• the content (mol) of the first auxiliary component is given as y1,
    • the content (mol) of the second auxiliary component is given as y2,
    • the content (mol) of the third auxiliary component is given as y3,
    • the content (mol) of the fourth auxiliary component is given as y4,
    • the content (mol) of the fifth auxiliary component is given as y5, and
    • the content (mol) of the sixth auxiliary component is given as y6,
    • a value of y1 is set in the range of 0.1 to 3.0 mol, preferably 0.5 to 2.5 mol,
    • a value of y2 is set in the range of 2 to 10 mol, preferably 2 to 5 mol,
    • a value of y3 is set in the range of 0.01 to 0.5 mol, preferably 0.1 to 0.4 mol,
    • a value of y4 is set in the range of 0.5 to 7 mol, preferably 0.5 to 5 mol,
    • a value of y5 is set to 5 mol or less (not including zero), preferably in the range of 0.5 to 3 mol, and
    • a value of y6 is set in the range of 2 to 9 mol, preferably 2 to 8 mol.

It is to be noted that the foregoing mole number of the fourth auxiliary component is not a mole number of the oxide of the first rare-earth element (R1) but is a mole number of R1 alone. Likewise, the foregoing mole number of the sixth auxiliary component is not a mole number of the oxide of the second rare-earth element (R2) but is a mole number of R2 alone. For example, when an oxide of Yb is used as the fourth auxiliary component, the mole number of the fourth auxiliary component being 1 mol does not represent that the mole number of Yb2O3 is 1 mol but represents that the mole number of Yb is 1 mol. That is, when 1 mol of Yb2O3 is contained, 2 mol of Yb is contained.

In this specification, the oxides forming the main component and the auxiliary components are each expressed by a stoichiometric composition, but an oxidation state of each oxide may fall outside the stoichiometric composition. However, the foregoing mole number of each auxiliary component is derived in terms of an oxide of a stoichiometric composition converted from a metal amount contained in an oxide forming each auxiliary component.

When the content of the first auxiliary component (at least one kind selected from the group consisting of MgO, CaO, BaO, and SrO) exceeds 3.0 mol so as to be too high, there tends to occur a disadvantage that the degree of sintering decreases. On the other hand, when it becomes less than 0.1 mol so as to be too low, there tends to occur a disadvantage that the capacitance-temperature change ratio increases, thereby lacking in stability in terms of temperature. MgO is particularly suitable for use as the first auxiliary component. When the first auxiliary component is composed of two or more kinds, their total is set in the foregoing range of 0.1 to 3.0 mol.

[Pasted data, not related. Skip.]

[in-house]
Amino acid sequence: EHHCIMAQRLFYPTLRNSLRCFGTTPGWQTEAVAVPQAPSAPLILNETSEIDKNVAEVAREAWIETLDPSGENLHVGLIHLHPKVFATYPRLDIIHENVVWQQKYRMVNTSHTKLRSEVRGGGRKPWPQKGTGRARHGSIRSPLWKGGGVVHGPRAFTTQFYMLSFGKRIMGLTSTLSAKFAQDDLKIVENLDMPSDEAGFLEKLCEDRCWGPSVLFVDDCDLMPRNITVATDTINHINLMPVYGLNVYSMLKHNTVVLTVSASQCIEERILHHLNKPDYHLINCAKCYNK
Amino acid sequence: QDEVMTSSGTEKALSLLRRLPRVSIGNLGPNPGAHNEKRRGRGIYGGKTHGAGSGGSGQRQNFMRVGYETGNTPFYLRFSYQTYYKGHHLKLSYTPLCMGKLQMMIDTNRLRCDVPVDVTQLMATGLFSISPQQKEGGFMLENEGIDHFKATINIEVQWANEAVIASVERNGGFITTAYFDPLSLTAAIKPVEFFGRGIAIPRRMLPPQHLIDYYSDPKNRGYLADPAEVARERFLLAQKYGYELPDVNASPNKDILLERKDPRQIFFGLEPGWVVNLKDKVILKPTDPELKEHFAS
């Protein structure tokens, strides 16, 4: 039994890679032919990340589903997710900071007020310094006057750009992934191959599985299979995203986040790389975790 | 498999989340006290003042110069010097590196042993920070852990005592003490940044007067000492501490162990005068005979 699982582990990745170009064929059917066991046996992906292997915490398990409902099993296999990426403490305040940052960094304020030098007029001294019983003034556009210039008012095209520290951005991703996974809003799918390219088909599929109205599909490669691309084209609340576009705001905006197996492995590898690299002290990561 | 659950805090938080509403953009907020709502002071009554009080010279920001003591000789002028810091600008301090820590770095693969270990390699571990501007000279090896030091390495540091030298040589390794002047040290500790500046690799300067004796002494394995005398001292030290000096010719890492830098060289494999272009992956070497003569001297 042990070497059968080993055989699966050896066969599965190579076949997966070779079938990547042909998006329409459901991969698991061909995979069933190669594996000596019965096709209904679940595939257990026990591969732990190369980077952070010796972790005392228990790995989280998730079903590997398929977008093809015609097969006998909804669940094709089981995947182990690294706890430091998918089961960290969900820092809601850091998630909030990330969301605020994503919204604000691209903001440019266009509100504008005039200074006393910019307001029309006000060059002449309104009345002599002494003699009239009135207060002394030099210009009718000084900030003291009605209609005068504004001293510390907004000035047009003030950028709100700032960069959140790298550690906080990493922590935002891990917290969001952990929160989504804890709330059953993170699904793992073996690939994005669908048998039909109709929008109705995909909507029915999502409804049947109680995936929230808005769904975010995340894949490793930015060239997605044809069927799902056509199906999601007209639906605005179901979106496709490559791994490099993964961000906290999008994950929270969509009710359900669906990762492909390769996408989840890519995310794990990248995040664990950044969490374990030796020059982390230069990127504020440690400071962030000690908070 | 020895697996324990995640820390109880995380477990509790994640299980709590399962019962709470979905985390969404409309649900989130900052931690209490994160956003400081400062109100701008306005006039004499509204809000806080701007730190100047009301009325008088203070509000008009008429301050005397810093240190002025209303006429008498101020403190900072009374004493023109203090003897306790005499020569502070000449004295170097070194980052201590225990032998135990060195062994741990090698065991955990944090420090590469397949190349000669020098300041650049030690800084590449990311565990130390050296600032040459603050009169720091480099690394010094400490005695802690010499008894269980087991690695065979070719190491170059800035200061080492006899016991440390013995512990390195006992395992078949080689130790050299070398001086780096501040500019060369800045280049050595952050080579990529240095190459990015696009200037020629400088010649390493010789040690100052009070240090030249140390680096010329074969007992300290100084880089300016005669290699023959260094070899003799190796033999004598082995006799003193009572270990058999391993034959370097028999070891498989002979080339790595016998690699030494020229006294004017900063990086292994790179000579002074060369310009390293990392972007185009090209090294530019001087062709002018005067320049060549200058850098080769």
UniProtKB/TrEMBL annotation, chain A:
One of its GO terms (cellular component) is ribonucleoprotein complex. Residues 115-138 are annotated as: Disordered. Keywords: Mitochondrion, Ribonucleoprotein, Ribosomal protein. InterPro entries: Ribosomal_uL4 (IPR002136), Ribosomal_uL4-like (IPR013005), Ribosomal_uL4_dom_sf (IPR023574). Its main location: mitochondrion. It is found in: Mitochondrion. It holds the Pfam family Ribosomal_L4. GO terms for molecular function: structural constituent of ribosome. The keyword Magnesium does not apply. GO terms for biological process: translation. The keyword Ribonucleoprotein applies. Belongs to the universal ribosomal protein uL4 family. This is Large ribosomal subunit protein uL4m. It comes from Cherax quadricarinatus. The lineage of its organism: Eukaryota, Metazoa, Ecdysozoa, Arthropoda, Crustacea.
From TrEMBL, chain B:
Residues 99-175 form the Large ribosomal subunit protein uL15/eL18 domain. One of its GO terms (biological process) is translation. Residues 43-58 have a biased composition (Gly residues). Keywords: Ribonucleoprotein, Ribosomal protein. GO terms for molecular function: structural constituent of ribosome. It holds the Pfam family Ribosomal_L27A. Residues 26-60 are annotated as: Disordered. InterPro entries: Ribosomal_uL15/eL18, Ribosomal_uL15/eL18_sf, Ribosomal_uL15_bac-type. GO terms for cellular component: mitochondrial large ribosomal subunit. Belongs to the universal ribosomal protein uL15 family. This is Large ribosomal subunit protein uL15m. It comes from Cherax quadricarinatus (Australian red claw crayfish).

The second auxiliary component contains the silicon oxide as the main component. When the content of the second auxiliary component becomes less than 2 mol, the capacitance-temperature characteristic degrades and an IR (insulation resistance) decreases. On the other hand, when the content of the second auxiliary component exceeds 10 mol, there is a tendency that the IR life becomes insufficient and a rapid reduction in permittivity occurs.

The second auxiliary component is preferably a composite oxide containing SiO2 as a main component and at least one kind selected from the group consisting of MO (M is at least one kind of element selected from the group consisting of Ba, Ca, Sr, and Mg), Li2O, and B2O3. More preferably, the second auxiliary component is a composite oxide given as (Ba, Ca)xSiO2+x where x is 0.7 to 1.2, preferably 0.8 to 1.1. When x is too small, i.e. when SiO2 is excessive, there tends to occur a disadvantage that the dielectric property degrades due to reaction with the main component of barium titanate. On the other hand, when x is too large, there tends to occur a disadvantage that the melting point increases to reduce the degree of sintering. The ratio between Ba and Ca is arbitrary and only one of the elements may be contained.

The third auxiliary component (at least one kind selected from the group consisting of V2O5, MoO3, and WO3) mainly has an effect of flattening the capacitance-temperature characteristic at or above a Curie temperature and an effect of improving the IR life. When the content of the third auxiliary component becomes less than 0.01 mol, there tends to occur a disadvantage that those primary effects are not manifested. On the other hand, when it exceeds 0.5 mol, there tends to occur a disadvantage that the IR life is extremely reduced. V2O5 is particularly suitable for use as the third auxiliary component. When the third auxiliary component is composed of two or more kinds, their total is set in the foregoing range of 0.01 to 0.5 mol.